There has always been a question as to what happens to vulnerable people behind closed-doors - whether this be children at kinder, the elderly in nursing homes, or those with limited capacity living in supported accommodation and attending day centres.
Mum worries about her regular three year old at kinder, but he or she can tell mum... Mum, therefore, worries far more about her 33 year old with limited intellectual capacity and little or no meaningful communications, and living in a supported accommodation group home.
The ‘Community Visitor Program’, under the ‘Disability Act’ in Victoria, helps to weed-out some of the questionable activities behind those closed doors, but families were still concerned that many services still lacked the level and quality of service they considered necessary to provide their vulnerable family member with consistent quality of life care. And, the ‘Community Visitor Program’ does not check ‘Day Centres (ATSS)’.
In the early 2000s, it was considered there was a need to evaluate all service provision, day services and group homes, independent of government or pseudo government - through independent accreditation by external accreditation agencies.
This was flagged by DHS Victoria in their publication entitled, ‘The Quality Framework for Disability Services’ as starting in 2009. Those families complaining about services were encouraged to look forward to 2009, when services would be scrutinized by people independent of service providers and government and the outcome results made widely available.
Well, 2009 came, and went and little happened, as the DHS was then under pressure from non government service providers (CSOs), that they would not take part in the independent accreditation program if outcome results were released to families.
So DHS, Victoria, went to water. They made a deal with CSOs that they would not sanction the release of outcome results, if the CSOs would agree to join the program and be independently accredited to help them justify their funding to these CSOs.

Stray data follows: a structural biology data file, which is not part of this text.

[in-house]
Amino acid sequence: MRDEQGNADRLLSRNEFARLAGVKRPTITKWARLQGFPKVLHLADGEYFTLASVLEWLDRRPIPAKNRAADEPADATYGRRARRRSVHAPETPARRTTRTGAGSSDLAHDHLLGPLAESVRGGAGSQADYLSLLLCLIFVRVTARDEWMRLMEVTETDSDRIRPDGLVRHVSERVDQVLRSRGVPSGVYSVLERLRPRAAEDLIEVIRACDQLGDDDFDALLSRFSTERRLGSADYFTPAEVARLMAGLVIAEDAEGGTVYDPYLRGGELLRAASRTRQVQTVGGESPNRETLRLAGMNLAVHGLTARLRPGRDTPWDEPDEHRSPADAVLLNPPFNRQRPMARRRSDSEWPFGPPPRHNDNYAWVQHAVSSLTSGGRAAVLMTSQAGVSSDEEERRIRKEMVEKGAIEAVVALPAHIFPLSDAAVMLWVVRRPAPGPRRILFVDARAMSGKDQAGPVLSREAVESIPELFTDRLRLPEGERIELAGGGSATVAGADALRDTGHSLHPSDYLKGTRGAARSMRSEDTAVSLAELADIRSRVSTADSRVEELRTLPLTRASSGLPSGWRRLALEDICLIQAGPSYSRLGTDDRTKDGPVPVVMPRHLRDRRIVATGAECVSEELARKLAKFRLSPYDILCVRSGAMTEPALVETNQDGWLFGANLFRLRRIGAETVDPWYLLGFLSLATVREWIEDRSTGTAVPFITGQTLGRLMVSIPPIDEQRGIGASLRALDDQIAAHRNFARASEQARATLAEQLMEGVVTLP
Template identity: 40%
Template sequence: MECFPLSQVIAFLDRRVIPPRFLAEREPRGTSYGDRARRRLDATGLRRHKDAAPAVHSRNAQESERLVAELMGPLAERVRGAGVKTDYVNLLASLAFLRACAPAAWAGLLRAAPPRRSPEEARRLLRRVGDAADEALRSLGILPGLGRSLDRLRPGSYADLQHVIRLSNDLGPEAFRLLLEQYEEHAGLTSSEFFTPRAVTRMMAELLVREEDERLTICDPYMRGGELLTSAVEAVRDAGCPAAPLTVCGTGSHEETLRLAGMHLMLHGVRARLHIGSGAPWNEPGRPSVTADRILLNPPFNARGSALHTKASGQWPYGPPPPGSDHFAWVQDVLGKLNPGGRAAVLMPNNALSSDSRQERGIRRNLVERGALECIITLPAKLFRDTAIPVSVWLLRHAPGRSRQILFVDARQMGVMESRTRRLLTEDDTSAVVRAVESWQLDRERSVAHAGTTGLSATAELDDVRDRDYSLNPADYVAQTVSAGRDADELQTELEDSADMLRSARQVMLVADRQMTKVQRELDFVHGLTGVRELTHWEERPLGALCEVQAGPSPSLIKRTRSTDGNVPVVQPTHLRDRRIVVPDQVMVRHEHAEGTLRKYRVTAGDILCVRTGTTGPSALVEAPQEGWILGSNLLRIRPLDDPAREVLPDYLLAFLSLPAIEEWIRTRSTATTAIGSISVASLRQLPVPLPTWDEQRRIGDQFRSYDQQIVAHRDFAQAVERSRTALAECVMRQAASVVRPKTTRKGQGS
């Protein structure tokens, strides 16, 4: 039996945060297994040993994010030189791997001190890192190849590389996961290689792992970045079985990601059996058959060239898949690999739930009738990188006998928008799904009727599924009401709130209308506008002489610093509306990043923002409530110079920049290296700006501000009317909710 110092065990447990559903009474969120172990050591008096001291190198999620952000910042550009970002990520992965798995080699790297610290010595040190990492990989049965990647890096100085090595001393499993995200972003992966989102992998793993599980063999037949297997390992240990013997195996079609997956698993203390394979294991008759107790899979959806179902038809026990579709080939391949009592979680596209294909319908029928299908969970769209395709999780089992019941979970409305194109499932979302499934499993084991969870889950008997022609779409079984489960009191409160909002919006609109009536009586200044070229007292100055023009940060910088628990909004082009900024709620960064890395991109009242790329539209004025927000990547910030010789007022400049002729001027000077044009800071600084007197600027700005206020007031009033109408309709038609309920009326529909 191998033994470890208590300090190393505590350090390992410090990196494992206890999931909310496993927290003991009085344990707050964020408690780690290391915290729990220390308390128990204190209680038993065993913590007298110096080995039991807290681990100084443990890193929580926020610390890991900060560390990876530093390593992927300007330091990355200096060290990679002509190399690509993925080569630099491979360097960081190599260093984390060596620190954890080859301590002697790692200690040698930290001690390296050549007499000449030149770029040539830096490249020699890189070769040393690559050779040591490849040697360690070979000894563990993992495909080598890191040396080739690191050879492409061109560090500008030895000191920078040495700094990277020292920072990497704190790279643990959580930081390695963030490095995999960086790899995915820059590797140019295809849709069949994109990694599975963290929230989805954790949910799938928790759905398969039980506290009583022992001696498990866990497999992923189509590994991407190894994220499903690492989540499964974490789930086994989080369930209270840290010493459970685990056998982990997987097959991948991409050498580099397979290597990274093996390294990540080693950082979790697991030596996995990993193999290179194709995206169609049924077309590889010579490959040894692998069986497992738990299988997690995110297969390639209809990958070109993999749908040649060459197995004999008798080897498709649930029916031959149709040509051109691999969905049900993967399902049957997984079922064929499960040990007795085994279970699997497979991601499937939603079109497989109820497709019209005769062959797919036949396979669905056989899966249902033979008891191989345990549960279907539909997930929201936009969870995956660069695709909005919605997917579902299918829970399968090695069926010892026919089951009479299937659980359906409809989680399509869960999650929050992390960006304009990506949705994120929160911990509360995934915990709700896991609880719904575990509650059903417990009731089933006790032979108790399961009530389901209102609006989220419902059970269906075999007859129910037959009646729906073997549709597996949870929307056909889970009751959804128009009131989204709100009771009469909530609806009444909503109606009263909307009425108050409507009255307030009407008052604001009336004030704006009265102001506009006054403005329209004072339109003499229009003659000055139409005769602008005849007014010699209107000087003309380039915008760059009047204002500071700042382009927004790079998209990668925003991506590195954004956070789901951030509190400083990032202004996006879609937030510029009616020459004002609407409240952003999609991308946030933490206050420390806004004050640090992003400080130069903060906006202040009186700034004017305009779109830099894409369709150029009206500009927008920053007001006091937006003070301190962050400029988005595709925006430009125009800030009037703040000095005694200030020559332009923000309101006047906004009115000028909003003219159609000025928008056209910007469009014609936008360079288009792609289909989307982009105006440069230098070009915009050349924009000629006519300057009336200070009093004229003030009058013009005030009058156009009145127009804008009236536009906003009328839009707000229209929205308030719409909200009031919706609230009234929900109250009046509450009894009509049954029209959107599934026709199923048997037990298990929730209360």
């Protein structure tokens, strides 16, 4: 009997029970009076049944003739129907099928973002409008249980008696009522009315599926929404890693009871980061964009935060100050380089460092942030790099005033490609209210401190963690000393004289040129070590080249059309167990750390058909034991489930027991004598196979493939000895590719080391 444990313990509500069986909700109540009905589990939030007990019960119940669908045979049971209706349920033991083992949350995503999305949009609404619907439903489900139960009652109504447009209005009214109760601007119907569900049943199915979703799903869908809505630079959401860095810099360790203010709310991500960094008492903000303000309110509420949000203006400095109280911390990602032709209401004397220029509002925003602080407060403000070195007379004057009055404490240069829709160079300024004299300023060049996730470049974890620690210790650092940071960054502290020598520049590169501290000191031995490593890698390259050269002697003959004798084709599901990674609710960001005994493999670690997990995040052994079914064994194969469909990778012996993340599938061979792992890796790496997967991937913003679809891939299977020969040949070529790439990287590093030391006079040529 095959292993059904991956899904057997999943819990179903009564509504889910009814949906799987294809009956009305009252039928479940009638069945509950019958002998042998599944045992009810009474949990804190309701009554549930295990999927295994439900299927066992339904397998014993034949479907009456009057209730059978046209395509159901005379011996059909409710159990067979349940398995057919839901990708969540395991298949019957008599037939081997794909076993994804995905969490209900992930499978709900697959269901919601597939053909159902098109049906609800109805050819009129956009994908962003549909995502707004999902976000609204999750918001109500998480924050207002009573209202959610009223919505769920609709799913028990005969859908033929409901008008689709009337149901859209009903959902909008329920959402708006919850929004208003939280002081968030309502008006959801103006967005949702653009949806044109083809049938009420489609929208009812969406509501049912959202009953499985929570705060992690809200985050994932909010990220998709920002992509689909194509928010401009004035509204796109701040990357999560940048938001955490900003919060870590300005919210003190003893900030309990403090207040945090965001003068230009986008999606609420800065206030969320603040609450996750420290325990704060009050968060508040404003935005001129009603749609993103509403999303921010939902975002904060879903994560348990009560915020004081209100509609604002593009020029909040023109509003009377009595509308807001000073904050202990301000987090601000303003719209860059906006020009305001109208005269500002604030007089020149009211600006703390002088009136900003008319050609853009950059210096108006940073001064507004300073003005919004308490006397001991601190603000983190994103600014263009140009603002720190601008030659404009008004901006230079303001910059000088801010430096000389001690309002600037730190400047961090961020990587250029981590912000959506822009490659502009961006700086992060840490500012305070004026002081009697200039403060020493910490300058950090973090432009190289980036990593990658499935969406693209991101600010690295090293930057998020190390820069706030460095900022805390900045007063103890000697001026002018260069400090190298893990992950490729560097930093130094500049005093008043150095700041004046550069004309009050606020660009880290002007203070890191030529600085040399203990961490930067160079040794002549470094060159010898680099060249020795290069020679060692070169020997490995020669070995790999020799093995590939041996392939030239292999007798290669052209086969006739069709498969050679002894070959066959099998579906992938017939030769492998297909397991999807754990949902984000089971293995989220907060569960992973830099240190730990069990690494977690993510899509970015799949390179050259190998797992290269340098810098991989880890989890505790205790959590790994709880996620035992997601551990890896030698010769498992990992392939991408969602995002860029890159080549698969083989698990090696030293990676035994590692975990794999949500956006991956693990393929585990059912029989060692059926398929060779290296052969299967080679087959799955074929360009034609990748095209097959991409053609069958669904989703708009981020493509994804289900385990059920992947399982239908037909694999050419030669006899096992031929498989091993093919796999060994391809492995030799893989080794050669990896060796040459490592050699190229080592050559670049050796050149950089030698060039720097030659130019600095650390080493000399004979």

This action shows very clearly, that people with a disability and their families are far from the centre of service provision. Rather than at the centre of service provision, as is suggested in most department care policies, standards and values, and is directly proposed by NDS ( National Disability Services) in their ’Disability Services Transition Plan, 2012 – 2016’
This plan says, ‘The central recommendation of this report is for a major capability uplift of the entire Victorian disability system, in order to better position the service system to realise three objectives that are thought to encapsulate NDIS readiness:
- People with disabilities, their caring families and supporters at the centre of service delivery.
- Achieving a sustainable, integrated and equally regulated disability service system.
- High performing organisations achieving real outcomes for people with disability.
And, DHS Victoria says in its publication, Understanding the Quality Framework for Disability Services in Victoria (2007)’:-
3. Elements of the Quality Framework for Disability Services in Victoria (2007), page 7.
3.3 Independent quality monitoring Central to all robust quality frameworks is a mechanism to independently monitor and verify the quality of the product or service.
Independent quality monitoring is a process independent of the organisation that will require service providers to demonstrate how their systems and processes meet each of the standards.
As part of a staged approach to the implementation of the quality framework, independent quality monitoring will commence from July 2009.
An independent mechanism for monitoring the quality of support to people with a disability will:
- focus on outcomes
- involve support users, their families and carers in the process
- be cyclical
- be consistent with or complement existing quality systems
- be applied consistently to department-managed and community service organisations
- be applied across Disability Services Division funding models and activity types
- be aligned with divisional, departmental and government policy objectives
- promote continuous quality improvement.
LISA Inc. was provided with a very good legal team through PILCH, Victoria, to challenge the DHS, Victoria, decision (agreement with CSOs) not to release independent accreditation results for any service, including its own direct care services.
As is the general situation, the all-powerful DHS won the day!